Victim 1, he was called at the trial, and at fourteen years of age, spoke up against Jerry Sandusky in the Penn State scandal, and now for the first time tells his story.Aaron Fisher was a eager and spirited eleven-year-old when legendary Penn State football coach Jerry Sandusky recruited him into his Second Mile children's charity. Offering support at a critical time in Aaron's life, Sandusky gave him gifts and attention, winning the boy's trust even as he isolated him from his family and peers. Before long, Sandusky's attention escalated into sexual assault. When Aaron summoned the courage to speak up, he found himself ostracized and harassed by the very people who were supposed to protect him. The investigation set off by his coming forward would drag on for three years—and would launch the biggest scandal in the history of sports.In Silent No More, Aaron Fisher recounts his harrowing quest to bring Sandusky's crimes to light—from the intense feelings of guilt that kept him from speaking up earlier and the fear he felt at accusing a man who was a pillar of the community and a hero to the largest alumni network in the world, to the infuriating delays in the arrest and conviction of his abuser. He catalogs the devastating personal toll the case took on him: the shattered relationships, panic attacks, and betrayal of trust that continued to haunt him even after the charges went public in the fall of 2011. But he also speaks of his mother's desperate efforts to get him out of harm's way, the invaluable help of psychologist Michael Gillum, and the vindication he felt at inspiring numerous other victims to step forward . . . and at knowing that, thanks to him, there would be no future victims of Jerry Sandusky.In the end, Aaron Fisher won his fight to expose the truth, achieving some measure of closure. Told in the honest and unforgettable voices of Aaron; his mother, Dawn; and his psychologist, Mike, this inspiring book completes Aaron's transformation from a nameless casualty into a resounding voice for change.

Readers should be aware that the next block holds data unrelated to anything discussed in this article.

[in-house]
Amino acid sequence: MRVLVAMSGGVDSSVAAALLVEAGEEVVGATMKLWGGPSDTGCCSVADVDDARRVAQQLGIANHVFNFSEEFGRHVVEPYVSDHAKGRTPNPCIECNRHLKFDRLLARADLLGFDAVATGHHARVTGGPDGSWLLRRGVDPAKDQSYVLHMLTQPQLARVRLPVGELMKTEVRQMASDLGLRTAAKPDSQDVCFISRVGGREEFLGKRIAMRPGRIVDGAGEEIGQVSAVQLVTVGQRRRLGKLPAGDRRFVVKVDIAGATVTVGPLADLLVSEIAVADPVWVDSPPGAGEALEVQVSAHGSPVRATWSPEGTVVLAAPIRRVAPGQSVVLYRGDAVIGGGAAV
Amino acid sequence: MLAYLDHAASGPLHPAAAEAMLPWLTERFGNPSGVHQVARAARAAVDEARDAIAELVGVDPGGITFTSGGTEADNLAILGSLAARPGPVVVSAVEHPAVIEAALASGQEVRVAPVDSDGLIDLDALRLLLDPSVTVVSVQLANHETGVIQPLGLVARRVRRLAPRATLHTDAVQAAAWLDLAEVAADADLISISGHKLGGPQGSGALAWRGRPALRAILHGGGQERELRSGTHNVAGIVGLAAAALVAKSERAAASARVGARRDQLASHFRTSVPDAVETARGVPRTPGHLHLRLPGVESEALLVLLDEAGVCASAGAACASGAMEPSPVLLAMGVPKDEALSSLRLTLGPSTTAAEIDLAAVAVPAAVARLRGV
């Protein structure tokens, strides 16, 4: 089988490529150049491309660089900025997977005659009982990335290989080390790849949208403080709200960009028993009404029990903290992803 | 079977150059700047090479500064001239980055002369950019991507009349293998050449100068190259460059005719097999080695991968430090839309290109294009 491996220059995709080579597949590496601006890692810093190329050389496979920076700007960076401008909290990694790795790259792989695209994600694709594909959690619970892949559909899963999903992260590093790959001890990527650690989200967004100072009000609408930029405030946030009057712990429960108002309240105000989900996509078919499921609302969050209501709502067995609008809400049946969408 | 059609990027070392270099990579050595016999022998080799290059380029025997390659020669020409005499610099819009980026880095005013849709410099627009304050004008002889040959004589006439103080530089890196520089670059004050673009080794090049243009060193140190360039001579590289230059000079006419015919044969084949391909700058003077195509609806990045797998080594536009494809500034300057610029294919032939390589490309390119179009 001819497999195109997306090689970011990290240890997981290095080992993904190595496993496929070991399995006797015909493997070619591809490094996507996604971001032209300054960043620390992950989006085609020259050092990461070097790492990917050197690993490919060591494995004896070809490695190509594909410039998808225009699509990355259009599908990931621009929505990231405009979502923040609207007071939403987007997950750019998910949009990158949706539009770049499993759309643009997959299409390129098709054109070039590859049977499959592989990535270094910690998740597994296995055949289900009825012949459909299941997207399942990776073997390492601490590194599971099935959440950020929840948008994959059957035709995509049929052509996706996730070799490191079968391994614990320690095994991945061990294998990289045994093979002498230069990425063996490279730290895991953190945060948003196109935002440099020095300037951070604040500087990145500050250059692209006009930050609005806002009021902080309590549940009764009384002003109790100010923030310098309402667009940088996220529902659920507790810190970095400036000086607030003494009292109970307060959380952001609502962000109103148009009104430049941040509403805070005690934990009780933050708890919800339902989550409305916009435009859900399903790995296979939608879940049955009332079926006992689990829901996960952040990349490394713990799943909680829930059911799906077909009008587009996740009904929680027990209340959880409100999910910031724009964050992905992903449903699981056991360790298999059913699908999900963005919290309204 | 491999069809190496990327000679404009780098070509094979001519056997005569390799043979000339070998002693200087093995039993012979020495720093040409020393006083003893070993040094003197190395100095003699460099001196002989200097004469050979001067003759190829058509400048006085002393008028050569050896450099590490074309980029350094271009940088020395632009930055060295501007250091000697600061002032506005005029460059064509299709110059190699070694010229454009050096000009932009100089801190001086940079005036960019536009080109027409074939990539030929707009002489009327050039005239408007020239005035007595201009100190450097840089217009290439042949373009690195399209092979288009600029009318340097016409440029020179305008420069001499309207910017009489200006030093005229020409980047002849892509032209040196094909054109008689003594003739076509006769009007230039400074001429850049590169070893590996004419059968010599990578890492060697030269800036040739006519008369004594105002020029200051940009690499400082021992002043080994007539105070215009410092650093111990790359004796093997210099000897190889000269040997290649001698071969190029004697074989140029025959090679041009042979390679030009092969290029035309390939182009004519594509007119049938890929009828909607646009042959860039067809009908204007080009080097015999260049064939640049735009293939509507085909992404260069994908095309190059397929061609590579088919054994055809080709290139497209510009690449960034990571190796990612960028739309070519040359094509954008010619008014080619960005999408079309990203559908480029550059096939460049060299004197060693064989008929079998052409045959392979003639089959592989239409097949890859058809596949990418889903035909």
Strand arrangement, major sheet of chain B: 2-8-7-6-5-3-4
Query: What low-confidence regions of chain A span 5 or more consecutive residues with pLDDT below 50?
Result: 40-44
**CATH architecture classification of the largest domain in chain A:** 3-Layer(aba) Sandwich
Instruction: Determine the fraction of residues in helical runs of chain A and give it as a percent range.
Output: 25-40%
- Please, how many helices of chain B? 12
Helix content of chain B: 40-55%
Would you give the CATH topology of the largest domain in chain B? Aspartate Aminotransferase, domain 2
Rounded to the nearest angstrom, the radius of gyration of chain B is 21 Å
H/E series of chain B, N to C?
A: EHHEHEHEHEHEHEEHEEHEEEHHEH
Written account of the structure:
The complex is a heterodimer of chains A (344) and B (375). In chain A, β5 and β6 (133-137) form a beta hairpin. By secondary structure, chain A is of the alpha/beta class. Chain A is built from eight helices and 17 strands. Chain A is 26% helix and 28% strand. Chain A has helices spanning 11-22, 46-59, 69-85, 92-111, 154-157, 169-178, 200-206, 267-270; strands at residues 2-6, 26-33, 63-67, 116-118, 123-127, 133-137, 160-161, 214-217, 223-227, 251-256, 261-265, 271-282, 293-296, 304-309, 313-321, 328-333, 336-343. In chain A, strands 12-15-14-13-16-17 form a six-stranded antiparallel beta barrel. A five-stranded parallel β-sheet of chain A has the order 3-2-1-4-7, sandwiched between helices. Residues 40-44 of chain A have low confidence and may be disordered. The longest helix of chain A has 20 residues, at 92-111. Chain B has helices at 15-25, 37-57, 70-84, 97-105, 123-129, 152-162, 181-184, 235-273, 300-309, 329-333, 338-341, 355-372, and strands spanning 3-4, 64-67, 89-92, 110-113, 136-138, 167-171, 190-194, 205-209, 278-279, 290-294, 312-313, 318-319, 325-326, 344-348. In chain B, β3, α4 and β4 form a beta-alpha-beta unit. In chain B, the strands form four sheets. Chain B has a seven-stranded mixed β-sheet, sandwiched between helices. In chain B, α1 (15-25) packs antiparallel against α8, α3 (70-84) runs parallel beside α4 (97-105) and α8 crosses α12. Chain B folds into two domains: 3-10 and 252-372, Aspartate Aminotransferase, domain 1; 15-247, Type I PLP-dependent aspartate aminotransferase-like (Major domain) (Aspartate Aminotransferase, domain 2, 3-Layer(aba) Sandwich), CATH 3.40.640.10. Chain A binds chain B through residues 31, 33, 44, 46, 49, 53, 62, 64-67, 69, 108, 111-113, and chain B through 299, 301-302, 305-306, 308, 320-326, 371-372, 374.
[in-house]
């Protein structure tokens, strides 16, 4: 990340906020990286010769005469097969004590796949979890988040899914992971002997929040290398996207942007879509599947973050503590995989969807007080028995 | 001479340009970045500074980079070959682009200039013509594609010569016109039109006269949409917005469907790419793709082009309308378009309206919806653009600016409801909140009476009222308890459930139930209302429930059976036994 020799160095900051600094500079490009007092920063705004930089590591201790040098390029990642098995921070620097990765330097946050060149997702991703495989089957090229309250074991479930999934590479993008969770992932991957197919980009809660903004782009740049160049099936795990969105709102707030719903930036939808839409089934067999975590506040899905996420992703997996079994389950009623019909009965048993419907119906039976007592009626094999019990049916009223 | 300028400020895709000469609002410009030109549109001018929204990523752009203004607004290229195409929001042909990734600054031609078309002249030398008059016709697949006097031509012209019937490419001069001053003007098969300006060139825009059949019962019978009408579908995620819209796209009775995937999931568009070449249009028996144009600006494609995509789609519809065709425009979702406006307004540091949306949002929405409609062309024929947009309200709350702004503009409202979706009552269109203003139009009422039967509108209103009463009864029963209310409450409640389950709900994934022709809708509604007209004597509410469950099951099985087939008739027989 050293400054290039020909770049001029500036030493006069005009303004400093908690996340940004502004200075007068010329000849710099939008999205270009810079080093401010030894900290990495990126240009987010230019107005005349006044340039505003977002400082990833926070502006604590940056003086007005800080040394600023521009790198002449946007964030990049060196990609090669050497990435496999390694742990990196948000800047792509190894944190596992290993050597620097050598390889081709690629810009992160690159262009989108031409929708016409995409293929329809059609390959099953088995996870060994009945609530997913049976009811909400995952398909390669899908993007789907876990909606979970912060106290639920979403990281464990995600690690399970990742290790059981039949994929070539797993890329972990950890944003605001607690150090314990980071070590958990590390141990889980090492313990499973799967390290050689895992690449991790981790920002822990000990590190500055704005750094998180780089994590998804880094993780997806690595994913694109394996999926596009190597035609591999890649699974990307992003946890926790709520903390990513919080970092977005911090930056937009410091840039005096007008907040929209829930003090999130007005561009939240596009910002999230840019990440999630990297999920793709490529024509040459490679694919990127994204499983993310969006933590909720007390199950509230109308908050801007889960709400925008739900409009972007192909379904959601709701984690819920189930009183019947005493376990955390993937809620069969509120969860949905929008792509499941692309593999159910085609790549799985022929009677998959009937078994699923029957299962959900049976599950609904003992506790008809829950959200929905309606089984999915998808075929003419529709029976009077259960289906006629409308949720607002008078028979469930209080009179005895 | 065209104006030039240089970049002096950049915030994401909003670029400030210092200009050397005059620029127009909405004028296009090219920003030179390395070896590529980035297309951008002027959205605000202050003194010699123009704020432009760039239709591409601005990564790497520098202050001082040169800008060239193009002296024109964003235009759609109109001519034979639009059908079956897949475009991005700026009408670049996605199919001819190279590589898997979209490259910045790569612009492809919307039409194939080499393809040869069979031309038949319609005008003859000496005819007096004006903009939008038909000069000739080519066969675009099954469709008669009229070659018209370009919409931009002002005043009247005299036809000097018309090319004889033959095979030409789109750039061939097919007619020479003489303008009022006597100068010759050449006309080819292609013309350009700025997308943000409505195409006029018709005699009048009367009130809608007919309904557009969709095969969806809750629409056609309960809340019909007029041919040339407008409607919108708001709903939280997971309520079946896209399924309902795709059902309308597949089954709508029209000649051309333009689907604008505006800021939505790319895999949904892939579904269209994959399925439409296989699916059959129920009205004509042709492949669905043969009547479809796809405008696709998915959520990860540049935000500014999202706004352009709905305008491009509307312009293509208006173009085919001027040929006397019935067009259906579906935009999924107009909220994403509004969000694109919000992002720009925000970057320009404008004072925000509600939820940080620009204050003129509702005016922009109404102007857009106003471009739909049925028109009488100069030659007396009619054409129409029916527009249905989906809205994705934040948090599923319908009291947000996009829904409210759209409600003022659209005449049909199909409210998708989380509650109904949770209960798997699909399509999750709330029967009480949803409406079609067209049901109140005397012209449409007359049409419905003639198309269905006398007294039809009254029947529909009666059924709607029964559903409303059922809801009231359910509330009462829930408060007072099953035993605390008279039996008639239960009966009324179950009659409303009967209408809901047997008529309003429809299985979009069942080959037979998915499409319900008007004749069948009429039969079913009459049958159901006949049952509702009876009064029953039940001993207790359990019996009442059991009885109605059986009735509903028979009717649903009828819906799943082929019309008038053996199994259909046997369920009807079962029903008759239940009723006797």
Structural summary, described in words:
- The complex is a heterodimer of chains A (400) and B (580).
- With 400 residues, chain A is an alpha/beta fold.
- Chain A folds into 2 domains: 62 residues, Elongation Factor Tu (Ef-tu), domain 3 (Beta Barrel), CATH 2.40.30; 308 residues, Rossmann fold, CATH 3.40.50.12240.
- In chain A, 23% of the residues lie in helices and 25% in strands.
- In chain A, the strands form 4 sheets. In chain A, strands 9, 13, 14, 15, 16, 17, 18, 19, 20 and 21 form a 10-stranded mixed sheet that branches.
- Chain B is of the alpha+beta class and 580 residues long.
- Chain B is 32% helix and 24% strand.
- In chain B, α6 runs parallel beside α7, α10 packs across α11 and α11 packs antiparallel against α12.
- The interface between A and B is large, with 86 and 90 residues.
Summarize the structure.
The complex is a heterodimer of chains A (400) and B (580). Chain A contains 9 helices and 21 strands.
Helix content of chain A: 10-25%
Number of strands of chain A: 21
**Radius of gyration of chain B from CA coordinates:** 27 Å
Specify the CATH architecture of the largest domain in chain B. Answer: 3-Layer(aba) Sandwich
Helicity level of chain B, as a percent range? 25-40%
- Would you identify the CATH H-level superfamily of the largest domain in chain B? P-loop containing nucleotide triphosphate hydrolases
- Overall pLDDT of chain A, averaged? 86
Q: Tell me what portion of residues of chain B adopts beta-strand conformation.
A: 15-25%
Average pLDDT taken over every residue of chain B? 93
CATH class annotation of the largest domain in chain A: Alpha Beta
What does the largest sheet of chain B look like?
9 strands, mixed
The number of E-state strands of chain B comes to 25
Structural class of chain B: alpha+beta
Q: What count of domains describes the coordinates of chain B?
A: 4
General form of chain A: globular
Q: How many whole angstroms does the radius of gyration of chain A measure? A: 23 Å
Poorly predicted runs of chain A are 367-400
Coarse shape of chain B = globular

Abuse Defined

 

For those of us raised in Mormon homes, many of us women maybe even some men believed that unless there was severe physical abuse or infidelity, we were in the wrong to ever seek a separation or divorce. Temple marriage vows are made for “Time & Eternity” and “temple divorces” were given only in rare occasions by General Authorities of the Church when these extreme circumstances were proved, while a “temporal or legal divorce” is common and easy to obtain”. Many of us that have long been divorced 20 30 years or more are still married or “sealed” in the eyes and records of the Church. We have also been led to believe we have failed if we have divorced.

This wheel clearly indicates that there are all types of destructive abuse far beyond what was taught us growing up in the Church, and that if you or anyone you know is experiencing them, then there is great cause for concern, therapy, and change.

If conditions cannot be improved, and lasting changes made, then often many relationships should be ended rather than endured.

It takes great courage for anyone to face the loss of an important relationship, sometimes even more courage than tolerating bad treatment. Only a woman or man can know for themselves if the degree that they experience is beyond correction and does not contribute to a satisfying relationship and healthy home life. We hope that those struggling with such abuse will not feel trapped or obligated by religious beliefs or advice of leaders to stay in any unhealthy relationship that involves the types of abuses mentioned in this diagram.

Holiday Emotional First Aid Kit

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Abuse Defined